Korea may be preparing missile or space launch, says USA media

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"But we'll see what happens". "We'll see", he said.

US President Donald Trump says he's disappointed about reports of recent activity at missile and rocket sites in North Korea.

The photos by the firm DigitalGlobe show the presence of cars and trucks at the site on February 22, said NPR - which has exclusive access to the imagery.

But I can't unfortunately use X-ray vision to see what's on the train and tell whether it's a civilian space launch vehicle or a military ICBM, ' North Korea expert Melissa Hanham said. "It could either be preparation for an eventual launch or not". The White House said that nothing has authoritatively been planned or dropped.

South Korea and the United States signed a deal on Friday that would increase Seoul's financial contribution for the deployment of US troops in the Asian country.

The Vietnam summit on February 27-28 collapsed over differences about how far North Korea was willing to limit its nuclear programme and the degree of U.S. willingness to ease economic sanctions.

Analysts believe that it is more likely that Pyongyang is preparing to launch a satellite rather than test a missile.

A senior U.S. State Department official said on Thursday that any launch from there would be "inconsistent" with North Korean commitments.

FILE - North Korean leader Kim Jong Un gestures as he and U.S. President Donald Trump sit down before their one-on-one chat during the second U.S.

"President Trump never codified in writing North Korea's missile and nuclear testing freeze", Markey said.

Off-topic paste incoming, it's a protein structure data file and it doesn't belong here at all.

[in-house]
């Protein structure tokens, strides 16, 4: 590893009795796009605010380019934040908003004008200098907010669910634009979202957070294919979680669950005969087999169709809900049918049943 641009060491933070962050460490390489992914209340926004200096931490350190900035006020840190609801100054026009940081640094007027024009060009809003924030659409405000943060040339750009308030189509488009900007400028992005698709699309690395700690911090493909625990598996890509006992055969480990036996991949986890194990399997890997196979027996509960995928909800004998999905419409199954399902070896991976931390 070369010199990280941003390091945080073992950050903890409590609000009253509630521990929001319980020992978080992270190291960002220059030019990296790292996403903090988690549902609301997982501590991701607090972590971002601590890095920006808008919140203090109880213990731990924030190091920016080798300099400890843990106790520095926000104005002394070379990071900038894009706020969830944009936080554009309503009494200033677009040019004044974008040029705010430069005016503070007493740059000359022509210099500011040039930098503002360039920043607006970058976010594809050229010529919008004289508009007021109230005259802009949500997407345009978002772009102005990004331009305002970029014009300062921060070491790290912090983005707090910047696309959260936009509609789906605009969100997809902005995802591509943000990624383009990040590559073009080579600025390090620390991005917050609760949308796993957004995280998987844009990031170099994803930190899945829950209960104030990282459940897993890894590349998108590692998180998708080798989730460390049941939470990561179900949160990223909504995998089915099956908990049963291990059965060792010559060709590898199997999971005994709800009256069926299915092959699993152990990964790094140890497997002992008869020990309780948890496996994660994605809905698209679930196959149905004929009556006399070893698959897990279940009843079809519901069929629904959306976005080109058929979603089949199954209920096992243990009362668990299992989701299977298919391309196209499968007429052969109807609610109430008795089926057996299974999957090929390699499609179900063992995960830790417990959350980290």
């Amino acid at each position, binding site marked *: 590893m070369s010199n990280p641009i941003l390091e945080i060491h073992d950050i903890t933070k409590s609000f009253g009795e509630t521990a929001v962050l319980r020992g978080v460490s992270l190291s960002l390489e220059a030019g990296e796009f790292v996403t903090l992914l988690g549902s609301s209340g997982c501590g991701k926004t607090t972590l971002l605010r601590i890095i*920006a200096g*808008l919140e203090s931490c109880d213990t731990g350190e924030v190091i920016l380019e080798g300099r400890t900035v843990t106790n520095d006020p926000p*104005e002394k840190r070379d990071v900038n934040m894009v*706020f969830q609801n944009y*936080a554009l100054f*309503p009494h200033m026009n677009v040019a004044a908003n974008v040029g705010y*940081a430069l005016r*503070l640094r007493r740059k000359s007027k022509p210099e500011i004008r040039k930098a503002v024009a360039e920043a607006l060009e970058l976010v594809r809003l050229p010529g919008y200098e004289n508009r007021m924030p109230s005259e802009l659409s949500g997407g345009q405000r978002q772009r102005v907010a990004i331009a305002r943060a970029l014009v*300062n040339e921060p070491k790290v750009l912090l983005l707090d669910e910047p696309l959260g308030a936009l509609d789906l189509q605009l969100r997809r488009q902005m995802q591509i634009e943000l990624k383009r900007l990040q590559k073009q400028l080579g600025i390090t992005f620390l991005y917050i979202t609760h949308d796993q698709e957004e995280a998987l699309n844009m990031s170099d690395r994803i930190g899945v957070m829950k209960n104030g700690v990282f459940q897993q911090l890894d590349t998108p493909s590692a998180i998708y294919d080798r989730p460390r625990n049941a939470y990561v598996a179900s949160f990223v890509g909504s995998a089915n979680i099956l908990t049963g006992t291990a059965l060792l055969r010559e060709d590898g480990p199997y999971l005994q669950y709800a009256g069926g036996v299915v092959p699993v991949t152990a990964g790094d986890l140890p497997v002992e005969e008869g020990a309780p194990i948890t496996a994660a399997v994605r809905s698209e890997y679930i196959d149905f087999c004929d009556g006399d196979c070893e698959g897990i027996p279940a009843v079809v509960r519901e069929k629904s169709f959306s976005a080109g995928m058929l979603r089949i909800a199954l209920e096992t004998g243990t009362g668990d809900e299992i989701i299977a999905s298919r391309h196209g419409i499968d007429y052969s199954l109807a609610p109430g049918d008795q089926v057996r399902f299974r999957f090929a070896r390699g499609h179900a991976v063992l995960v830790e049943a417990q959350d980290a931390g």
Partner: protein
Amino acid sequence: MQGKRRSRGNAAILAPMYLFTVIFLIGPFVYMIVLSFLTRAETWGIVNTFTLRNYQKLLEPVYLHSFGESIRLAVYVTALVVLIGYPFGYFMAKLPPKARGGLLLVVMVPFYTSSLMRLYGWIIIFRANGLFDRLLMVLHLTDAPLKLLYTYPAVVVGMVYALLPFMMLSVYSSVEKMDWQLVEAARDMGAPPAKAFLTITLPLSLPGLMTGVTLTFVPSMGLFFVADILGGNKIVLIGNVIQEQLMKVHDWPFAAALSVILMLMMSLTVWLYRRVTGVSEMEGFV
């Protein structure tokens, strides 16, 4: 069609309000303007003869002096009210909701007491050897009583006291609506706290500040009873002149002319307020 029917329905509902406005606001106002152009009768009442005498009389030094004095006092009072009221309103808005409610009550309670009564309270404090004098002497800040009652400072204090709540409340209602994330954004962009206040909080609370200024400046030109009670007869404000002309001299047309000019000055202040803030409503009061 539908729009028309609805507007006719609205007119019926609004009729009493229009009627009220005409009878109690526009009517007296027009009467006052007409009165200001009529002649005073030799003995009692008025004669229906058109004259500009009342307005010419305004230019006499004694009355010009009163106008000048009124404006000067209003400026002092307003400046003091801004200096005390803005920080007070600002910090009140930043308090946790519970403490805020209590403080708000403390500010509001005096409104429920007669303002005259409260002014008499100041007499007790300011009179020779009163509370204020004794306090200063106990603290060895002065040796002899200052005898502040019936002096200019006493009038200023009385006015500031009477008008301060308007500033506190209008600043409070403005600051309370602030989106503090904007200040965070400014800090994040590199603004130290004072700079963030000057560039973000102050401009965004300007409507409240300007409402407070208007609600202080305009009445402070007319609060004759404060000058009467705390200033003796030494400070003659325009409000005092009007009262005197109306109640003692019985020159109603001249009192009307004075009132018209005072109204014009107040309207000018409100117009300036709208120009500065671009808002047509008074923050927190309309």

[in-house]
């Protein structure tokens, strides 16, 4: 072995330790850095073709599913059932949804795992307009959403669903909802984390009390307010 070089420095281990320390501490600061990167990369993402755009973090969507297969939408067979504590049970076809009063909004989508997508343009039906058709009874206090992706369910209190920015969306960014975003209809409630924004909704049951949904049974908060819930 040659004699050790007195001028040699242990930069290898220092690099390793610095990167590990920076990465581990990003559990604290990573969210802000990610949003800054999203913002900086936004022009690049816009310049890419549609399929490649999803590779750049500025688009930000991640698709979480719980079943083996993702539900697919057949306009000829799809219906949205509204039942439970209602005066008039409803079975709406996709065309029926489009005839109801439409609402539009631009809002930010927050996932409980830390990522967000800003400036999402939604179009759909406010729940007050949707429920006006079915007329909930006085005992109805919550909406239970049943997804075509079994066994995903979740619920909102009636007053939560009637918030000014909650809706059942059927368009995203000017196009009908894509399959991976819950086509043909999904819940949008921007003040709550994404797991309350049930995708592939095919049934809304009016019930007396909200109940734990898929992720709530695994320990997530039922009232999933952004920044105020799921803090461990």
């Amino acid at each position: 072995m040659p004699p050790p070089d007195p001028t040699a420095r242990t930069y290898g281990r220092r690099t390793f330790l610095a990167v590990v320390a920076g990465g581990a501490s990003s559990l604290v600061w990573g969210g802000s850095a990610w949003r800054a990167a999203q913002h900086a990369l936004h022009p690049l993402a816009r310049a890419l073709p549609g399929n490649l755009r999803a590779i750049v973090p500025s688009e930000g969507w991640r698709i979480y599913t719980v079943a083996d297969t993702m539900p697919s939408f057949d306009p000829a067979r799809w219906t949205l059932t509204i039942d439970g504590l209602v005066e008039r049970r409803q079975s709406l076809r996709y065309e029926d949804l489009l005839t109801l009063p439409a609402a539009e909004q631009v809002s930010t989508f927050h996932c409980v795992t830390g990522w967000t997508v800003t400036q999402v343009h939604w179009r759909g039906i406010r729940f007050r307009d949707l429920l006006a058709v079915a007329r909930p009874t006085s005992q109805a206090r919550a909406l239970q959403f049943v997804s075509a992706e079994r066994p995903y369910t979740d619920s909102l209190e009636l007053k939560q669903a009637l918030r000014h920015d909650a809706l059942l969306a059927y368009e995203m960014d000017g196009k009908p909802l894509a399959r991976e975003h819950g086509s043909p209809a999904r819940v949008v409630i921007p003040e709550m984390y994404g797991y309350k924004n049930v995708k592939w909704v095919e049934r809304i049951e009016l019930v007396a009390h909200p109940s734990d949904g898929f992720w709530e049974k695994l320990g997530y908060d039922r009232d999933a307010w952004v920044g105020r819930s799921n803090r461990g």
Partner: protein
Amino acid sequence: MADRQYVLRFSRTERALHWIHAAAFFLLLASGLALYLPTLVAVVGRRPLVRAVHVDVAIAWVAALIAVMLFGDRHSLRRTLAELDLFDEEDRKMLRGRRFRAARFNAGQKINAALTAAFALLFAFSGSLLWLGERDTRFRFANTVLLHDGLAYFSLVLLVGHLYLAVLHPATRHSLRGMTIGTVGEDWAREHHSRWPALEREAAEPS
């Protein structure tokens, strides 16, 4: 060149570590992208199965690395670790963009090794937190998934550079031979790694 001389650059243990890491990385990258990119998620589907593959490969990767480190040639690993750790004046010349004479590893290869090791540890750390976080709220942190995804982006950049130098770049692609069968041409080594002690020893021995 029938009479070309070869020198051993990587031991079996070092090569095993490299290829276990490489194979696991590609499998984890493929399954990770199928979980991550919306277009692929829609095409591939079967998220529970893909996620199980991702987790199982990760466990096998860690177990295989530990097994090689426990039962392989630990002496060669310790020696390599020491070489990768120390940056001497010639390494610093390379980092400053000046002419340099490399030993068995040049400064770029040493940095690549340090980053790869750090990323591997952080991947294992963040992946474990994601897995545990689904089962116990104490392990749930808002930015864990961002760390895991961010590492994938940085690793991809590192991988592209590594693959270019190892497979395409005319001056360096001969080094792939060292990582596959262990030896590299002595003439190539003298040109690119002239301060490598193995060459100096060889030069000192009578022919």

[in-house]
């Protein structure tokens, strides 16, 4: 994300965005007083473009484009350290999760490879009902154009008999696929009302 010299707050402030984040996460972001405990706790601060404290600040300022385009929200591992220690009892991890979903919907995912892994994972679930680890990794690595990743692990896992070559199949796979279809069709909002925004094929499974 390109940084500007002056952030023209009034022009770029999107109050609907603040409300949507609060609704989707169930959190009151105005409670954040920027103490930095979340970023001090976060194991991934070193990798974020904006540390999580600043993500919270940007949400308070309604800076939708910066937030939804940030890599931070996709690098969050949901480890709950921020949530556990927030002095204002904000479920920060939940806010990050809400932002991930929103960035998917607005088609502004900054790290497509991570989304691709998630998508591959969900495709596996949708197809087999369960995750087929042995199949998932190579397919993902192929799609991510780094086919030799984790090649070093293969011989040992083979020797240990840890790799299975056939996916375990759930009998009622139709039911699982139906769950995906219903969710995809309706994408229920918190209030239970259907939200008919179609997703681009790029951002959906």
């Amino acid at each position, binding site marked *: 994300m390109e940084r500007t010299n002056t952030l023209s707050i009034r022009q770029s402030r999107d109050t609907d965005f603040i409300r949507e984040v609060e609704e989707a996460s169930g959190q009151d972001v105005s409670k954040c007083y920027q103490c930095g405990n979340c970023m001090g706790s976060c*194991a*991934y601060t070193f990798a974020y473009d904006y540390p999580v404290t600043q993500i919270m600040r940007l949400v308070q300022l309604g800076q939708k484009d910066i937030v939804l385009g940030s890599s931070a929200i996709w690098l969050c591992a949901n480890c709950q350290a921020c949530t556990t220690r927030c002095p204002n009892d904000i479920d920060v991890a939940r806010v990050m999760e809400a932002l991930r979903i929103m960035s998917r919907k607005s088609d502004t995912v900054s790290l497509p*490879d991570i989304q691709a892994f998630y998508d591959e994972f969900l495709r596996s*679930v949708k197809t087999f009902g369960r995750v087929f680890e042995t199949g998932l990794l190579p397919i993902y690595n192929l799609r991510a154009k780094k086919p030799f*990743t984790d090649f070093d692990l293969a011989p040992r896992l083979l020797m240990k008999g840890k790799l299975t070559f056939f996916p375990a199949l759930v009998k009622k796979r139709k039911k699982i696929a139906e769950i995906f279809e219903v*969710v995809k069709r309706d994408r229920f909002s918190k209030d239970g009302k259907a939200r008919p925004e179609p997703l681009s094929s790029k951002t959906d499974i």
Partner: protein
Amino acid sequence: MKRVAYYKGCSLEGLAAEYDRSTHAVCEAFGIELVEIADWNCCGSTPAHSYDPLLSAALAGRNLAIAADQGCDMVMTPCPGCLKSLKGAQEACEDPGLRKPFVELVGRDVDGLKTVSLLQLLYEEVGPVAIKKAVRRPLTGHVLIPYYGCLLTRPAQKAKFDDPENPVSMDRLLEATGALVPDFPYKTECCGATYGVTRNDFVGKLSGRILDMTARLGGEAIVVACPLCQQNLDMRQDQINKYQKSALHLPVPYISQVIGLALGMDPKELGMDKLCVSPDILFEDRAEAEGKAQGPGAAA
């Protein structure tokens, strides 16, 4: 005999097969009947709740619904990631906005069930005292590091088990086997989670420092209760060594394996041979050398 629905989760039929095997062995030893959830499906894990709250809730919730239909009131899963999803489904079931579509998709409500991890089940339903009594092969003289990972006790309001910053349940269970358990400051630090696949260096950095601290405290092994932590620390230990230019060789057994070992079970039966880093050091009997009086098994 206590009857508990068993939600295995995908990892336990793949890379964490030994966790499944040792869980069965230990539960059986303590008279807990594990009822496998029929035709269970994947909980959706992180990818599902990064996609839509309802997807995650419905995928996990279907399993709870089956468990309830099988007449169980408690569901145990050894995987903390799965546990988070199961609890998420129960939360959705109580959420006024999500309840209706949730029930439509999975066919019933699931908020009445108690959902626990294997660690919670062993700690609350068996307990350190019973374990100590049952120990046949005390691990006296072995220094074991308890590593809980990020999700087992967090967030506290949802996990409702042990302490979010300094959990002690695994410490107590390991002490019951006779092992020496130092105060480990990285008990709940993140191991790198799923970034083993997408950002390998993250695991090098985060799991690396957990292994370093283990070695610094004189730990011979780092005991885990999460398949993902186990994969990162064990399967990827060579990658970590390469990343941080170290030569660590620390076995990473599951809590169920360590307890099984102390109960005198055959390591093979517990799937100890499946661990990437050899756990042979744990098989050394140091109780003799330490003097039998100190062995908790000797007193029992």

"Our map data shows the locations of mines across North Korea, and we also detected soundwaves, proving that this quake was caused by an explosion", he said.

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Its state television aired a 78-minute documentary late on Wednesday showing a cordial mood between Trump and Kim as the Hanoi summit ended, indicating Pyongyang was not about to walk away from negotiations, experts say.

Trump described how he would be "very disappointed" if North Korea were planning to resume weapons testing.

Suh Hoon, the director of South Korea's National Intelligence Service, told his nation's lawmakers in Seoul that North Korea was restoring facilities at a rocket launch site it had dismantled past year in a goodwill measure.

However, two days on from the stalemate in Hanoi, Satellite images captured on March 2 show operations at the once-dormant Sohae site have resumed full-throttle - with its facilities once again under construction.

Kim released his first public message since the Hanoi summit on Saturday, March 9 earlier this week, instructing propaganda officials to conduct "positive information" activities to spur scientific and technological development, according to a Saturday report by North Korean state media outlet KCNA.

"The public at home and overseas that had hoped for success and good results from the second DPRK-U.S. summit in Hanoi are feeling regretful, blaming the U.S. for the summit that ended without an agreement", KCNA reported, citing a commentary in the Rodong Sinmun newspaper.

The paper directed fiery rhetoric against Japan, accusing it of being "desperate to interrupt" relations between Pyongyang and Washington and "applauding" the breakdown of the summit.

Suh also said that the rebuilding was being done in such a way that the site could be blown up in a more dramatic fashion when US inspectors visit in the event of the negotiations with the Trump administration going well in the future. From now on, North Korea's denuclearization must be addressed exclusively based on these facts.

"We need the North Korean negotiators to have much more latitude than they did in the run-up to the summit on denuclearisation, but I am confident that if they get that direction from the top of the North Korean government, we can make quick progress with them", he said. "Both sides are going to have to digest the outcome to the summit".

What we learned from this was that the North Korean nuclear issue is thorny, with no straightforward solutions.